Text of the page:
New England Travels blog, to one of theatre’s biggest baseball fans, Ethel Barrymore, on Tragedy and Comedy in New England. Today, we begin with the king of baseball movies.
“Pride of the Yankees” (1942) is lauded for its inspiring tone about one of baseball’s greatest legends, Lou Gehrig. Ironically, there is actually very little baseball action in the movie; most of it is comprised of vignettes aimed at illustrating the self-effacing personality of the quiet man.
Since humility, according to this film, was as great a virtue as his athleticism, one wonders if that seemed as difficult a thing to capture to the makers of this movie as it would be today. Today it might be even more difficult, as quite often when a reporter interviews an athlete right after the event, the first words out of the athlete’s mouth are usually something like, “Well, I’m really proud of myself.”
This was especially apparent, to a nauseating degree, during the last Olympic Winter Games, when I lost count over how many athletes were proud of themselves. To be sure, competition is as much mental as it is physical, and modern athletes are trained to be goal-oriented and focused on objectives. Still, if expressions of humility do not make a better athlete, they do make a better human being. Perhaps we have taught the importance of self esteem sometimes at the risk of encouraging overbearing conceit.
But, here we have a movie whose sole purpose is to laud humility and to show it as a courageous act.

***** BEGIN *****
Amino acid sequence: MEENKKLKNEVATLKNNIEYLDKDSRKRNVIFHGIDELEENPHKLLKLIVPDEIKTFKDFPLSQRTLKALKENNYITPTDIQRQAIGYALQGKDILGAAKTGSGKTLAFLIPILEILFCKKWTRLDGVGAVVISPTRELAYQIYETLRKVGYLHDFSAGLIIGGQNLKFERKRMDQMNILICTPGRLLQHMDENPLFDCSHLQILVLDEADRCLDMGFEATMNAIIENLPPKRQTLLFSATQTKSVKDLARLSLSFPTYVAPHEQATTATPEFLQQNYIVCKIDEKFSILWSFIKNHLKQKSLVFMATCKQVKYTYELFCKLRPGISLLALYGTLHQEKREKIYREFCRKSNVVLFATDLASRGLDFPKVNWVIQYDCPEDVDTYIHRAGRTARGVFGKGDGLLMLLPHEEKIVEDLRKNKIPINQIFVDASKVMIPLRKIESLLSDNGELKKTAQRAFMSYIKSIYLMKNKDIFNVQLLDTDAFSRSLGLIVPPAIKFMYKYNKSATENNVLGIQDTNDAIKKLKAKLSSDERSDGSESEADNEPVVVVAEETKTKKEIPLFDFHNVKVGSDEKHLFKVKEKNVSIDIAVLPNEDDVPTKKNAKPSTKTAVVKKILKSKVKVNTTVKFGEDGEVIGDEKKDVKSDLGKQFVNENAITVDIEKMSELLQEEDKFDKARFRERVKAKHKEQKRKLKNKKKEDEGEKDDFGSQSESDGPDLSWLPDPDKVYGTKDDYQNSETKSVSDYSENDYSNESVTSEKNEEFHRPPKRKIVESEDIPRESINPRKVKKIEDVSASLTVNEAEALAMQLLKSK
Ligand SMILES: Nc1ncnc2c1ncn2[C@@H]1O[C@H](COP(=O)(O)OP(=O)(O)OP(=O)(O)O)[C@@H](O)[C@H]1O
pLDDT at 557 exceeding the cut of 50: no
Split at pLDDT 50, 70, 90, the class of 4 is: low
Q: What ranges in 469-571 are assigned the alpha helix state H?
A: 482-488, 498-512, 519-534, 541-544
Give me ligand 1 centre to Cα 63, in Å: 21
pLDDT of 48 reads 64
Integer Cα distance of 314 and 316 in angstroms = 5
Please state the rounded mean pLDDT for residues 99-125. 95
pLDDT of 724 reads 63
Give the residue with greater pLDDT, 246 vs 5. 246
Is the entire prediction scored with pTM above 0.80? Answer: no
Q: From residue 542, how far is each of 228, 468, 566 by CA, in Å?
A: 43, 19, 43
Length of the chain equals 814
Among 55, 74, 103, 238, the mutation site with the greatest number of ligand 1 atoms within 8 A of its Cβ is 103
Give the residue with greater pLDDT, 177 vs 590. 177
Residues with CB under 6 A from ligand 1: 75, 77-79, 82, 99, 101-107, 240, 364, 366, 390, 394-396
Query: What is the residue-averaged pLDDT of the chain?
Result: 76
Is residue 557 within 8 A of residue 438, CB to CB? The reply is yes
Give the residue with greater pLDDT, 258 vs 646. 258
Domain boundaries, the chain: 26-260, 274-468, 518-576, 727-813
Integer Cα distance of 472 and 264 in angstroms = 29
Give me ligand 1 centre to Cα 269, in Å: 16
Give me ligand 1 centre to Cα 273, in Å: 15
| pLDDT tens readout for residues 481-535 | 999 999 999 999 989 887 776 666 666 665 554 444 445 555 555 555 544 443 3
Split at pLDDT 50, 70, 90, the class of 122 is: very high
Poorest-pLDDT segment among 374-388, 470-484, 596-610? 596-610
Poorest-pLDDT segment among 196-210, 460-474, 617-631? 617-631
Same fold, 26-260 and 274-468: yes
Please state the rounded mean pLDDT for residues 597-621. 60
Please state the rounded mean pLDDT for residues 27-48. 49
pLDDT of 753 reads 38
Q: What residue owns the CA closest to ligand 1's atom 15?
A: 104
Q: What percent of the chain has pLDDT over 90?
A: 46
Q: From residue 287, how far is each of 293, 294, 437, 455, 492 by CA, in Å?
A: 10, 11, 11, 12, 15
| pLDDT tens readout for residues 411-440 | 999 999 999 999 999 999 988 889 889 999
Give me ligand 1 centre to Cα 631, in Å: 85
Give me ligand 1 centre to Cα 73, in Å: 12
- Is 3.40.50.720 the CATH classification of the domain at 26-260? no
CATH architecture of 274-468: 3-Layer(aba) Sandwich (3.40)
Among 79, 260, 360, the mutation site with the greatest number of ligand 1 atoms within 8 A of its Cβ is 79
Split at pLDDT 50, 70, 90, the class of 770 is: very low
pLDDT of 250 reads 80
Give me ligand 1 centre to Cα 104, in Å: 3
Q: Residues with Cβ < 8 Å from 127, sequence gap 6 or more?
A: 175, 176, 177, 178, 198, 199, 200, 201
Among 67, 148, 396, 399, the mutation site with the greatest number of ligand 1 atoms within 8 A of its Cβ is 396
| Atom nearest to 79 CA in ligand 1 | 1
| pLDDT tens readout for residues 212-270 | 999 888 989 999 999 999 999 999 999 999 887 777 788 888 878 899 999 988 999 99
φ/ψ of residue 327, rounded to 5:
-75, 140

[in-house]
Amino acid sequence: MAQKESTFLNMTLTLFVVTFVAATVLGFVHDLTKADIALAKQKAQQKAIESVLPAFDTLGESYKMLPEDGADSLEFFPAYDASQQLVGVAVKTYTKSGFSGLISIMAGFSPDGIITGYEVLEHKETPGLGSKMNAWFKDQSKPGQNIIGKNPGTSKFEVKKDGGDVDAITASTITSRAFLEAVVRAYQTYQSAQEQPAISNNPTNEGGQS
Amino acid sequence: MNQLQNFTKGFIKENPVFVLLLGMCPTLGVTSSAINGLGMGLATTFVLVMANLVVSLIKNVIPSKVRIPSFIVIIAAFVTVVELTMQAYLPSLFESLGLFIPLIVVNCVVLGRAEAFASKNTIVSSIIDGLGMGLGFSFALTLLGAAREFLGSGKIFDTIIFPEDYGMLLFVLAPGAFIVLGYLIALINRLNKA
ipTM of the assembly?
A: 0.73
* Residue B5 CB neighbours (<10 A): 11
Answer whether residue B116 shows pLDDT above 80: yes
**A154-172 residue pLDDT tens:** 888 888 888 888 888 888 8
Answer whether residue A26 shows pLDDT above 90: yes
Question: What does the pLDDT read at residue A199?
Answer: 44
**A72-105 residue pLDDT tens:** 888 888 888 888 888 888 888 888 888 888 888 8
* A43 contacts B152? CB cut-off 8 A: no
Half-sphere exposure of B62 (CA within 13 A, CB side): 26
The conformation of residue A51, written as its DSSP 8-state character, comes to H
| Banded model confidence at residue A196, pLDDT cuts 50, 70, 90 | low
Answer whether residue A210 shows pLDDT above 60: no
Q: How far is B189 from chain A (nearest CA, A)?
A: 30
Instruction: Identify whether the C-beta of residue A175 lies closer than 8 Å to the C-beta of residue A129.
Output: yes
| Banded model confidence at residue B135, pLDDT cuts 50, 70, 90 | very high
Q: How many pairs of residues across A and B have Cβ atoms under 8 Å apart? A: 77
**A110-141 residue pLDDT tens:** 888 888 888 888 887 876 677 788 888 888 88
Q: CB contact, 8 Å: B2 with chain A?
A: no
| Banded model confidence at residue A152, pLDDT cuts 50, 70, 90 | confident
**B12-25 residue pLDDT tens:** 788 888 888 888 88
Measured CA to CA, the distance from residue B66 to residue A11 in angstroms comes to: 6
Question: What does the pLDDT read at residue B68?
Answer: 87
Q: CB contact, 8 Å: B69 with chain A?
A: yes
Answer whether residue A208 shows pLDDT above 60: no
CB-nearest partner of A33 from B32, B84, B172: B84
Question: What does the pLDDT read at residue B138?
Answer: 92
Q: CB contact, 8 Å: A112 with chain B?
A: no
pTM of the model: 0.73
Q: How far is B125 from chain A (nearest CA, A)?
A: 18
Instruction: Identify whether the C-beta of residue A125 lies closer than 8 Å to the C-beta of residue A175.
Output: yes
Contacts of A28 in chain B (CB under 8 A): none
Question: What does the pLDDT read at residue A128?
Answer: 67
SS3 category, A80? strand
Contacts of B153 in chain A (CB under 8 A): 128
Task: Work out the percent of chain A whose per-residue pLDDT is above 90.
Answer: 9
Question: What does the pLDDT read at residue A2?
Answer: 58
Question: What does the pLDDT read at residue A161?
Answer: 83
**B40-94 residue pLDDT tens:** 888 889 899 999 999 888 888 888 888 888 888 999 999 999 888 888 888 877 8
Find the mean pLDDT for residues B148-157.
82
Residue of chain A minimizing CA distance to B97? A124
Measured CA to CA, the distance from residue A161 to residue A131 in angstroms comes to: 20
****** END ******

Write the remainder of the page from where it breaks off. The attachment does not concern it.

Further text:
Movie trickery in this instance is how they managed to get Gary Cooper to bat like Gehrig. They sewed the number 4, Gehrig’s Yankee’s number, backwards on the back of Cooper’s baseball uniform. When he swung right-handed and “hit” the ball, Cooper ran down the third base line, rather than the first base line. Then the mad geniuses in the production department just reversed the image for the final print of the film so it looks like he’s batting left and running down to first base.
“Casablanca” (in this previous blog post) as the émigré who asked his wife “What watch?”
Walter Brennan plays a sports writer who discovers Gehrig and becomes his one-man publicity team, a man so impressed that he predicts great things for Gehrig. As time passes, Brennan becomes deeply devoted to Gehrig because of his integrity and his humility, even more than his athletic skill. The character Brennan plays is fictional, but could stand as a composite for many whose lives crossed Gehrig’s and felt the same protective devotion of a parent, a sibling, a fan and hero-worshipper all rolled into one.
It must have been difficult to cobble together a script about Gehrig’s life since he was simply a quiet man who played baseball well and never missed a game. Samuel Goldwyn, producer of the film, was reportedly not interested in doing a baseball movie because there seemed nothing exciting about it.
What sold Goldwyn was newsreel footage of the famous “luckiest man” speech Gehrig made at the end of his life when the New York Yankees paid a public tribute to him at Yankee Stadium on July 4, 1939, when everyone knew that he was dying.
The speech moved Goldwyn, and was enough for him to give the green light to a movie featuring two of Goldwyn’s brightest stars about a man who did nothing more than do his job well and was humble about it.
“Casanova Brown” (see prior post on that movie here).